Authorship attribution is the process of correctly attributing a publication to its corresponding author, which is often done manually in real-life settings. This task becomes inefficient when there are many options to choose from due to authors having the same name. Authors can be defined by characteristics found in their associated publications, which could mean that machine learning can potentially automate this process. However, authorship attribution tasks introduce a typical class imbalance problem due to a vast number of possible labels in a supervised machine learning setting. To complicate this issue even more, we also use problematic data as input data as this mimics the type of available data for many institutions; data that is heterogeneous and sparse of nature.
The thesis searches for answers regarding how to automate authorship attribution with its known problems and this type of input data, and whether automation is possible in the first place. The thesis considers children’s literature and publications that can have between 5 and 20 potential authors (due to having the same exact name). We implement different types of machine learning methodologies for this method. In addition, we consider all available types of data (as provided by the National Library of the Netherlands), as well as the integration of contextual information.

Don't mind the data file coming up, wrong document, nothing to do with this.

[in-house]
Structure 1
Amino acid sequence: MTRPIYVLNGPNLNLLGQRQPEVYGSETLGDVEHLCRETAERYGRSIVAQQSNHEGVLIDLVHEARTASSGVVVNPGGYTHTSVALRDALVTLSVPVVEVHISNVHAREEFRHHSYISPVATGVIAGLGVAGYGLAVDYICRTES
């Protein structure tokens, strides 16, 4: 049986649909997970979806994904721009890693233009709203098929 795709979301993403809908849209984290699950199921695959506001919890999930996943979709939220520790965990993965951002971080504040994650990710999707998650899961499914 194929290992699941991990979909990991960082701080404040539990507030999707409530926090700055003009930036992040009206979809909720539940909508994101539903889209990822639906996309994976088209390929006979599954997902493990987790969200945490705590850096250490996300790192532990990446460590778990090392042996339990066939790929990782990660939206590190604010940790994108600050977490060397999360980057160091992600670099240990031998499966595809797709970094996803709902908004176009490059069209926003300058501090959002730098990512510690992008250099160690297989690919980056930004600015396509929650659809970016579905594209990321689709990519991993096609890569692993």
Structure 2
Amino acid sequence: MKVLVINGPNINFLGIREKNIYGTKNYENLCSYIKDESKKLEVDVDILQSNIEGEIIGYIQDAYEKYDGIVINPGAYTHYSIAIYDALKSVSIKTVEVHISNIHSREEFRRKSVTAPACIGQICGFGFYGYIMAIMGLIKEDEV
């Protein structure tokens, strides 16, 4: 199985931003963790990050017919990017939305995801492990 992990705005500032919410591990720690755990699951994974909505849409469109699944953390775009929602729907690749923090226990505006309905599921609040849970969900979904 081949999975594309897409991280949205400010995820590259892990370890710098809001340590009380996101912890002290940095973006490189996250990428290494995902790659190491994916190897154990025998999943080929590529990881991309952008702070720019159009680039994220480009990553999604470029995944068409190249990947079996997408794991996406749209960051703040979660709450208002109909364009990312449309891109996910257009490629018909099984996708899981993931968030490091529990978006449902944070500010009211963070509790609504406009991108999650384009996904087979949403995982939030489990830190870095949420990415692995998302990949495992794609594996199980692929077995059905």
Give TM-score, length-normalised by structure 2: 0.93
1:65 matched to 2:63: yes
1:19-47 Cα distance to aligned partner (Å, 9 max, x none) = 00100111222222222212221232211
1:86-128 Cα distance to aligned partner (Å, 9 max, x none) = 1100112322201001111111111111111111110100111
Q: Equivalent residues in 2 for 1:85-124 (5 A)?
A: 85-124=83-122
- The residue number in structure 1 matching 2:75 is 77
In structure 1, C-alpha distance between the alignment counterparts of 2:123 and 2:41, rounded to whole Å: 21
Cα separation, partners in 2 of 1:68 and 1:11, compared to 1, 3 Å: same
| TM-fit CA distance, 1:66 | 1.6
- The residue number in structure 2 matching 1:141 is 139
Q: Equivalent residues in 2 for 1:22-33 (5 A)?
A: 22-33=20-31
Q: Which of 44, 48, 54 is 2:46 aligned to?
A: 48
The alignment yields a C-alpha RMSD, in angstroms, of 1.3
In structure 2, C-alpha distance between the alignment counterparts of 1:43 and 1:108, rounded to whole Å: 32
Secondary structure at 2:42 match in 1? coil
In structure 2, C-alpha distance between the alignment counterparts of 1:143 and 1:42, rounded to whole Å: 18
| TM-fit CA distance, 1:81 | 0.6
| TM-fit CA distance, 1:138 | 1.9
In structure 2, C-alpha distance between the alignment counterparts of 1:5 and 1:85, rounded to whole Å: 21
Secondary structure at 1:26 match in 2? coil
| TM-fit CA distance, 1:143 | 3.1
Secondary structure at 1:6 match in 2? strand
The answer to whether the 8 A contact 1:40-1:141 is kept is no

Furthermore, we consider different types of computational representations for textual input (such as the title of the publication), in order to find the most effective representation for sparse text that can function as input for a machine learning model. These different types of experiments are preceded by a pipeline that consists out of pre-processing data, feature engineering and selection, converting data to other vector space representations and integrating linked data. This pipeline shows to actively improve performance when used with the heterogeneous data inputs.
Ultimately the thesis shows that automation can be achieved in up to 90% of the cases, and in a general sense can significantly reduce costs and time consumption for authorship attribution in a real-world setting and thus facilitate more efficient work procedures. While doing so, the thesis also finds the following key notions:
- Between comparison of machine learning methodologies, two methodologies are considered: author classification and similarity learning. Author classification grants the best raw performance (F1. 0.92), but similarity learning provides the most robust predictions and increased explainability (F1. 0.88). For a real life setting with end users the latter is recommended as it presents a more suitable option for integration of machine learning with cataloguers, with only a small hit to performance.